Semiconductor manufacturer Marvell has developed power supply technology designed to cut PC energy use and help decrease carbon emissions.
The digital power factor correction technology is based on Marvell's digital signal processing and power management systems.
The chips dynamically adapt the incoming electrical current and align the current and voltage coming from the outlet for optimal energy use by the PC.
This improves the energy efficiency of the power supply and reduces electro-magnetic interference by intelligently adjusting the supply profile to provide only the amount of power required by the PC at any given time.
"Being out of phase generates a lot of heat as you may know if you've ever picked up your notebook adapter after it's been running awhile," said Linda Sanders, a spokeswoman for Marvell.
Today, more than half the power from the outlet is wasted as heat, but Sanders claims that the new design allows power savings of 35 to 50 per cent depending on how the computer is being used.
The US Environmental Protection Agency estimates that there are more than 10 billion AC-DC power supplies used in computing, telecoms and consumer electronics worldwide.
More efficient power supply designs could significantly reduce US energy use by about 24 million tonnes of carbon dioxide emissions per year, saving nearly $3bn annually.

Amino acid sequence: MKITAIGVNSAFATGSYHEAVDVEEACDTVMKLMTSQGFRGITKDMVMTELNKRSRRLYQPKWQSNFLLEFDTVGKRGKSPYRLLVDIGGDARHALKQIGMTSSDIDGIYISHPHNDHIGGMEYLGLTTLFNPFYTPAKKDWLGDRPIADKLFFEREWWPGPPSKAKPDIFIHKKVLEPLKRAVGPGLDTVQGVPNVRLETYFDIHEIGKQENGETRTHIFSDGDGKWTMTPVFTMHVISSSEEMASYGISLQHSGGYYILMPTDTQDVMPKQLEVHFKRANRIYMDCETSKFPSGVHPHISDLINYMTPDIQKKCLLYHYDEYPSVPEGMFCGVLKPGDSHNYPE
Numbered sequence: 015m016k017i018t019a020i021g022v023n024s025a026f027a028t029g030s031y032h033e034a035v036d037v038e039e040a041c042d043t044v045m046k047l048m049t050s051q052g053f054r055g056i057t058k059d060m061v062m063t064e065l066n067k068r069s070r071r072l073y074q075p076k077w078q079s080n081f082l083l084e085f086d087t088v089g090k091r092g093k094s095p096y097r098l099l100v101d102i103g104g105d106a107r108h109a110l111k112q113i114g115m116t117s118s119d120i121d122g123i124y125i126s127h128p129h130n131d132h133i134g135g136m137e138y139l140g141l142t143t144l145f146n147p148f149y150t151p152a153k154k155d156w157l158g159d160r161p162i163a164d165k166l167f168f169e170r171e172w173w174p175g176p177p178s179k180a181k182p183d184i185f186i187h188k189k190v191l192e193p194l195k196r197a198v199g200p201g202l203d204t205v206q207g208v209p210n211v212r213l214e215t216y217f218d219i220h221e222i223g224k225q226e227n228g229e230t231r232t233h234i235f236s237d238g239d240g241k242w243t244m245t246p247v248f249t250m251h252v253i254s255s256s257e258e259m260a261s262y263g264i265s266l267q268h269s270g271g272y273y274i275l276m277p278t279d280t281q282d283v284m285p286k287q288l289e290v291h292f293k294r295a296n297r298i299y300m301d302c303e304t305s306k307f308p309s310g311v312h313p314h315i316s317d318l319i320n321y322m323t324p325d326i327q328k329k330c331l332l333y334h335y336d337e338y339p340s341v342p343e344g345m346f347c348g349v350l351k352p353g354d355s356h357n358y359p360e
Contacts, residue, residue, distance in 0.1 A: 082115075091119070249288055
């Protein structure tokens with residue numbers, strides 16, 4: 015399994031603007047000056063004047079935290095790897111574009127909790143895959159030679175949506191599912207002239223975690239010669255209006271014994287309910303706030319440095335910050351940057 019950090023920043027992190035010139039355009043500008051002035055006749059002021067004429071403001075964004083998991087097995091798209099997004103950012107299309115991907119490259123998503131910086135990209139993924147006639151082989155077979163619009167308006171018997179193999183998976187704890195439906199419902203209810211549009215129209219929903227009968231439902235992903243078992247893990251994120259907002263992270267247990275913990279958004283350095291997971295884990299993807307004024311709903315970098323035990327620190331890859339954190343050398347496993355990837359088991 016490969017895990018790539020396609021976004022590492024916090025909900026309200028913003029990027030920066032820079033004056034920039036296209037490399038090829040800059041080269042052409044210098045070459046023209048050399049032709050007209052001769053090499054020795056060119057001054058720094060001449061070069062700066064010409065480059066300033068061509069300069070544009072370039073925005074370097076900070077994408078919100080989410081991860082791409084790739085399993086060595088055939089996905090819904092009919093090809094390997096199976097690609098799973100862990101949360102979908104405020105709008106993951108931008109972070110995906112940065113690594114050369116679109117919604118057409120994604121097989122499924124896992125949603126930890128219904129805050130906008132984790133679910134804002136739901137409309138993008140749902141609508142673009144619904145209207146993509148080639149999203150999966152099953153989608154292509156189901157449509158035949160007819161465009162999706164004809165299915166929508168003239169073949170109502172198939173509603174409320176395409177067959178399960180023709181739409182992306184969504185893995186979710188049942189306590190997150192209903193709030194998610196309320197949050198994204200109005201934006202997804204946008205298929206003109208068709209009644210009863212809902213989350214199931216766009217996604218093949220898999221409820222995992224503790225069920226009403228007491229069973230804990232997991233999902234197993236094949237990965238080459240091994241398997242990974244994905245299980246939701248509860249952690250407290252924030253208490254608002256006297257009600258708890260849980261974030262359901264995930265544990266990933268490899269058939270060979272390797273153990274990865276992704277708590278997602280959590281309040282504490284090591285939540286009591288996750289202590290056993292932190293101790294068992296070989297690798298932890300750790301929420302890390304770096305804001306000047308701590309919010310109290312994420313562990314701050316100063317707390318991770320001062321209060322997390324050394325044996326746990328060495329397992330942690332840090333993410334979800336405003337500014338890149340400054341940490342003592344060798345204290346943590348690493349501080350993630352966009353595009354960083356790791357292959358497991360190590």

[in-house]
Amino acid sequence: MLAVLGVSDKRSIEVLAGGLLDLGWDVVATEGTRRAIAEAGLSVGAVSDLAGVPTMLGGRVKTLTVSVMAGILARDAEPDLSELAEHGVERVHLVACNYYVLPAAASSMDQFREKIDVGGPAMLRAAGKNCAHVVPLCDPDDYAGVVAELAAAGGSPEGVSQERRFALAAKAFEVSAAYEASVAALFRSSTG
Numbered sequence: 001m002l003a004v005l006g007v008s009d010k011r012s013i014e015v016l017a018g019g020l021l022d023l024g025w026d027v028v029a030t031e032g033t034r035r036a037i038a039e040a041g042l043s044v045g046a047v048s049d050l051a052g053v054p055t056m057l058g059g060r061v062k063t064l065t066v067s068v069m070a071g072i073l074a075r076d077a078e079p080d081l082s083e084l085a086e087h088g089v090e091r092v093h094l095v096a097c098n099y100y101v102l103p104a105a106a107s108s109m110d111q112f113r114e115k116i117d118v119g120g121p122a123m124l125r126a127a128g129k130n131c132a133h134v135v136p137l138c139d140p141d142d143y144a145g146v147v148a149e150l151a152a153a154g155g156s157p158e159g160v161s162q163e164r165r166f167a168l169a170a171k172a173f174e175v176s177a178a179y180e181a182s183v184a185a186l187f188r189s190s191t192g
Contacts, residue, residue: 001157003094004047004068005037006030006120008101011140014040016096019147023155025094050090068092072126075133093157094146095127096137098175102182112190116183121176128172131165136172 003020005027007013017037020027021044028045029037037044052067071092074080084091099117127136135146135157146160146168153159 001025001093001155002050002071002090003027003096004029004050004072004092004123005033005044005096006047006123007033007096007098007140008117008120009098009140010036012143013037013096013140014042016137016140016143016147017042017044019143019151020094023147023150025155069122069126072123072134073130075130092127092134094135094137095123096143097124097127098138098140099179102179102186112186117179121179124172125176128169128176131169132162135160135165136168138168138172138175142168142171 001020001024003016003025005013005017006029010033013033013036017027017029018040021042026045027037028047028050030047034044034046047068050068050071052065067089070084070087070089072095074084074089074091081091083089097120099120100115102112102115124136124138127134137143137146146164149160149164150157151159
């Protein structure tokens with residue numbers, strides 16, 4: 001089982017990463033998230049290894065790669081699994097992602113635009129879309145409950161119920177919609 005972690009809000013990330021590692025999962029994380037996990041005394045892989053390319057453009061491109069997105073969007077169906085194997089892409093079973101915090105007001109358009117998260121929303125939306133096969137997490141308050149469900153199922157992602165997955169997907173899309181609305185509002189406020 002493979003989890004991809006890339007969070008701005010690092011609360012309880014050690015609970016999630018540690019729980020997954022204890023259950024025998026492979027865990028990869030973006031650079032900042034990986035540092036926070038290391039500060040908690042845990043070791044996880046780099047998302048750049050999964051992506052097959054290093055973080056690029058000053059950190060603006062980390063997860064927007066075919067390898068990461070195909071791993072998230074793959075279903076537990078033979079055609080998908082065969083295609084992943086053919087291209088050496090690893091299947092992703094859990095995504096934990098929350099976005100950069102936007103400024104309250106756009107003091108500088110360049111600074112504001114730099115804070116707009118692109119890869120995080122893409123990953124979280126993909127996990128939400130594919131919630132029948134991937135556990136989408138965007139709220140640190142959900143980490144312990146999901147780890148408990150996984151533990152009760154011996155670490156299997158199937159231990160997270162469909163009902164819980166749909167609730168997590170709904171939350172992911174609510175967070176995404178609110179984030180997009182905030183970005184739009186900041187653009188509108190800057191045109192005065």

"Marvell is committed to green technology that will reduce our collective carbon footprint and slow the rate of climate change," said Hubie Notohamiprodjo, general manager of industrial control and power management at Marvell.
"As a supplier and user of energy efficient technology, and a sponsor of the Climate Savers Computing Initiative, we are developing products that will save energy in electronic devices as well as implementing energy savings in our facilities."
Marvell's smart energy efficient technology could be used in internal and external power supplies for a wide range of consumer electronics including flat-screen TVs, home entertainment products and portable devices.
The DSP-based AC-DC controller chips also allow power supply manufacturers to eliminate up to 20 discrete components.
This should help reduce design complexity, increase reliability and drive down manufacturing costs, as well as slim down today's notebook adapter bricks in weight and size.
The Marvell 88EM8041 controller chip for notebook adapters and the Marvell 88EM8011 controller chip for desktop power supplies are in production now with volume production anticipated for the first quarter of 2008.
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